PLC Chief Executive Jes Staley dismissed the need for any strategic changes after first-quarter net profit in its corporate and investment bank fell 28%.
Activist Sherborne Investors is calling for Barclays to move capital away from the investment bank and shrink its markets business. Next week, shareholders will vote on a Sherborne proposal to appoint its chief, Edward Bramson, to the Barclays board to trigger a change in strategy.
“We like the progress we’re making in the (corporate and investment bank). We like the profitability of our markets business in the first quarter. And we’re going to continue with the strategy we set out three years ago,” Mr. Staley said Thursday.
Barclays said investment banking net profit fell from the first-quarter 2018 to £582 million ($752 million) from £805 million, because of reduced client activity, lower volatility and fewer corporate deals. The bank’s overall net profit in the quarter was £1.04 billion, up from a £764 million net loss last year from regulatory settlements.
The results ramp up pressure on Mr. Staley to prove the bank’s strategic mix of consumer, business and investment banking can work. Barclays, with large trading businesses in New York and London, is one of the few remaining European banks attempting to compete with Wall Street giants such as
& Co. and
Bank of America
Mr. Staley said Barclays has made huge strides since the strategy was announced in March 2016, including wrapping up regulatory probes and investing in technology, and that 2019 just “may be one of those years where the first quarter is not strong.”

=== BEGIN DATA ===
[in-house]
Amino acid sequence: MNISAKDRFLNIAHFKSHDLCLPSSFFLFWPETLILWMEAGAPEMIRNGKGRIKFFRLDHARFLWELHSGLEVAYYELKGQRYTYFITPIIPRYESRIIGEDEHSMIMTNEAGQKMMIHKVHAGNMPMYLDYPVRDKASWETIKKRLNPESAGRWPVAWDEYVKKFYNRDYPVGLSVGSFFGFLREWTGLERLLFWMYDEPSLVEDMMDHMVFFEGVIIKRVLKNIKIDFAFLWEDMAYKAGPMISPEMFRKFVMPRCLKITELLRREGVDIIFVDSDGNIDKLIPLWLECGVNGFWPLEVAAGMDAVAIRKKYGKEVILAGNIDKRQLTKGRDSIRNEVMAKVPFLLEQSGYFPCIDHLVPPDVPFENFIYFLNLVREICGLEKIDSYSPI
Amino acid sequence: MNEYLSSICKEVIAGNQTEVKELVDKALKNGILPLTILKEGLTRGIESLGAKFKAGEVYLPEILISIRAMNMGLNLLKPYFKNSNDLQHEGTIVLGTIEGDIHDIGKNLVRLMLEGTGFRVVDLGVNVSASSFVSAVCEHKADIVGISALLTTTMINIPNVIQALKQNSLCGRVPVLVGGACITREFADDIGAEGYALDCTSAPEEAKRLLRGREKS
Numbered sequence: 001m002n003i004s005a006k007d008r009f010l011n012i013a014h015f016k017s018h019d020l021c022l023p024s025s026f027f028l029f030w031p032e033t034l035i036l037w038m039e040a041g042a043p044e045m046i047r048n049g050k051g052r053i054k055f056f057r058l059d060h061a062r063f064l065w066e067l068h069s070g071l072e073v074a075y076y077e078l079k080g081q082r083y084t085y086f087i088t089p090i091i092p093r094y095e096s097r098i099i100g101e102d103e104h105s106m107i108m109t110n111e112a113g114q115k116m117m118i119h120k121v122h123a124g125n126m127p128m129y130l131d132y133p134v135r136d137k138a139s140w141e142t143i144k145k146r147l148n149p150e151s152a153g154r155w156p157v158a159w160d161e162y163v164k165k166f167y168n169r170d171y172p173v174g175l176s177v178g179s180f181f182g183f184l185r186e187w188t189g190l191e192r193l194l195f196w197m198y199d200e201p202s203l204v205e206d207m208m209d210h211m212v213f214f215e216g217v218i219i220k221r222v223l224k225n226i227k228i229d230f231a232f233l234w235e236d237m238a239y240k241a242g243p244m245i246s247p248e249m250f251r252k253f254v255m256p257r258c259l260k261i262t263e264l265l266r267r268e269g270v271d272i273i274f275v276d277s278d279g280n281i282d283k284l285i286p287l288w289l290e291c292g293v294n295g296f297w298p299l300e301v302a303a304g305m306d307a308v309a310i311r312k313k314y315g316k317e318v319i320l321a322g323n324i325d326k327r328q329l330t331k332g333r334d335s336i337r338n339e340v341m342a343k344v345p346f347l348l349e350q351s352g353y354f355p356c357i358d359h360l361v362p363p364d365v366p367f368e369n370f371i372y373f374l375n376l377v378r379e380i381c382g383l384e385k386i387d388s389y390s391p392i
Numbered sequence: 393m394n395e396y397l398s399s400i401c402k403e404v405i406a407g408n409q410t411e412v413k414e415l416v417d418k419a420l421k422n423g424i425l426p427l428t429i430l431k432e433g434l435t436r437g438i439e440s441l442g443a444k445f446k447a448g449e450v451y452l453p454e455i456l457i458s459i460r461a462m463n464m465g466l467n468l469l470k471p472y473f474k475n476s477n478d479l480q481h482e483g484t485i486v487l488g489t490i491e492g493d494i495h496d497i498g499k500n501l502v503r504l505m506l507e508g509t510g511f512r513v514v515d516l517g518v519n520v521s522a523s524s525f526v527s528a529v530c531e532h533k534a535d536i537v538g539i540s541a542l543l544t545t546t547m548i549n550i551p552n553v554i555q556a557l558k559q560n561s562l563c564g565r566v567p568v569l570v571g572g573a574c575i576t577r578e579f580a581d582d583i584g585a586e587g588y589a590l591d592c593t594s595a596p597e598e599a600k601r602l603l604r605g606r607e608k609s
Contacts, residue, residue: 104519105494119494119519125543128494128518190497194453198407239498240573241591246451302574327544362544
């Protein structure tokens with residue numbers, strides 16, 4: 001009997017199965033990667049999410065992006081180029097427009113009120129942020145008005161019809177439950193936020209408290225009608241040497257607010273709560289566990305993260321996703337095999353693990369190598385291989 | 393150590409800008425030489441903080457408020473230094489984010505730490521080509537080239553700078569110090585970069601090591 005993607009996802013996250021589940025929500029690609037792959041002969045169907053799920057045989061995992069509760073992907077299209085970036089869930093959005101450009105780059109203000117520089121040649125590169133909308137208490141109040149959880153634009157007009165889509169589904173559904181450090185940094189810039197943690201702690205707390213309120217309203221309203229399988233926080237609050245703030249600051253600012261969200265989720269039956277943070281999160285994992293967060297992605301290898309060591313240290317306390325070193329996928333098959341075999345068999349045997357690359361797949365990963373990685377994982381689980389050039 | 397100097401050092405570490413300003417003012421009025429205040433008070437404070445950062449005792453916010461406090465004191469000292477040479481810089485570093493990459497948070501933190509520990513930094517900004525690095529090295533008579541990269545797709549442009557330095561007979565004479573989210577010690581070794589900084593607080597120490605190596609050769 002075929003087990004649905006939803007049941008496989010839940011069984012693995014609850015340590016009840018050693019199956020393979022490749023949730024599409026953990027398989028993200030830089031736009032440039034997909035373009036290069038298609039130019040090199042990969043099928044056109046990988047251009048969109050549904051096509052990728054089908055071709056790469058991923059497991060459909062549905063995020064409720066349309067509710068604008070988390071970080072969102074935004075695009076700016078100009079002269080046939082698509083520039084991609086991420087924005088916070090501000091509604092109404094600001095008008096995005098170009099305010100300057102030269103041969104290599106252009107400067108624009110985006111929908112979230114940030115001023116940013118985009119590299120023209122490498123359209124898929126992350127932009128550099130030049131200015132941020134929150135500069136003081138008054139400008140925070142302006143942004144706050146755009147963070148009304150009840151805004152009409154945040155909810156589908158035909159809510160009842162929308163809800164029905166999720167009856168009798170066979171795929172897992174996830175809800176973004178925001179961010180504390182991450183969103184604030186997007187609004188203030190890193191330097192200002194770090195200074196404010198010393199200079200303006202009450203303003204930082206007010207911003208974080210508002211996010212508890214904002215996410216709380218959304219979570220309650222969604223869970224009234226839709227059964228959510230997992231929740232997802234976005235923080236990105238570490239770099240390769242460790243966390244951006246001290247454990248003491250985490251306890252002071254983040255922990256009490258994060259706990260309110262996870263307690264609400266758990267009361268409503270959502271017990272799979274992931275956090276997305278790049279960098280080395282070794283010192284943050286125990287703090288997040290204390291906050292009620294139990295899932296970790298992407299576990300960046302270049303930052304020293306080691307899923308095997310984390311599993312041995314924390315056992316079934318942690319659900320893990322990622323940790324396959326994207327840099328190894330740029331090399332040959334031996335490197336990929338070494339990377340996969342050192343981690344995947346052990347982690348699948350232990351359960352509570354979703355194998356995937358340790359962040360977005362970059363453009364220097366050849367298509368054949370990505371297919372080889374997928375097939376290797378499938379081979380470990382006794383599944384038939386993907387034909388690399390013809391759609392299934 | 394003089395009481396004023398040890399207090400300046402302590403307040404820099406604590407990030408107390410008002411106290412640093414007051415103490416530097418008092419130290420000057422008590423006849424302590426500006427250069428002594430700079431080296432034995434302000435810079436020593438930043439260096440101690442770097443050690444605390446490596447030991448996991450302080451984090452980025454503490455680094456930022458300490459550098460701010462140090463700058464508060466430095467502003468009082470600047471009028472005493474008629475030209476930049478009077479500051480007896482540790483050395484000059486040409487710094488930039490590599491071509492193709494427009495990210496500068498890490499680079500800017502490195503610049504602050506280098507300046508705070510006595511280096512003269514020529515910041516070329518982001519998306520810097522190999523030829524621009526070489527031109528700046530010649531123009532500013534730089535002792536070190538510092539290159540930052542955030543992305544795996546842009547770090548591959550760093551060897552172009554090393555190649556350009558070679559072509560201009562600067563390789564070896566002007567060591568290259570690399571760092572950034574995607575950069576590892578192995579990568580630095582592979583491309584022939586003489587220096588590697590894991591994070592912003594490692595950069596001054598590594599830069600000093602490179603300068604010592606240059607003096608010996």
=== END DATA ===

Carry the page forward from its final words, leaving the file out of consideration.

In letters to Barclays’ shareholders, Mr. Bramson has argued that Barclays doesn’t have the large corporate client or wealth management businesses that would drive trading business and make revenue in its investment bank more stable. He attributes Barclays’ lagging share price relative to peers to “the board’s prolonged pursuit of a strategy that is not grounded in the fundamental realities of the global CIB marketplace.”
Mr. Staley hit back Thursday, saying: “Those that argue that we’re structurally disadvantaged against the U.S. banks—if disadvantage leads to six quarters of income growth, maybe we should keep it.”
He said Barclays is sticking by a 9% target for return on tangible equity this year and 10% by 2020. Some analysts downgraded their expectations in recent weeks that the bank will meet those targets. Mr. Staley said the bank could cut costs this year if revenue conditions continue to be challenging
In the first quarter, the ROTE was 9.6%. That figure, and the full-year ROTE targets, strip out litigation and conduct costs.
Barclays, along with other European banks, has been hindered in its returns from a rising cost of capital, Mr. Staley said.
Corrections & Amplifications
Net profit in its corporate and investment bank fell 28% from the first-quarter 2018 to £582 million ($752 million) from £805 million. An earlier version of this article used an incorrect number for the 2018 comparison.
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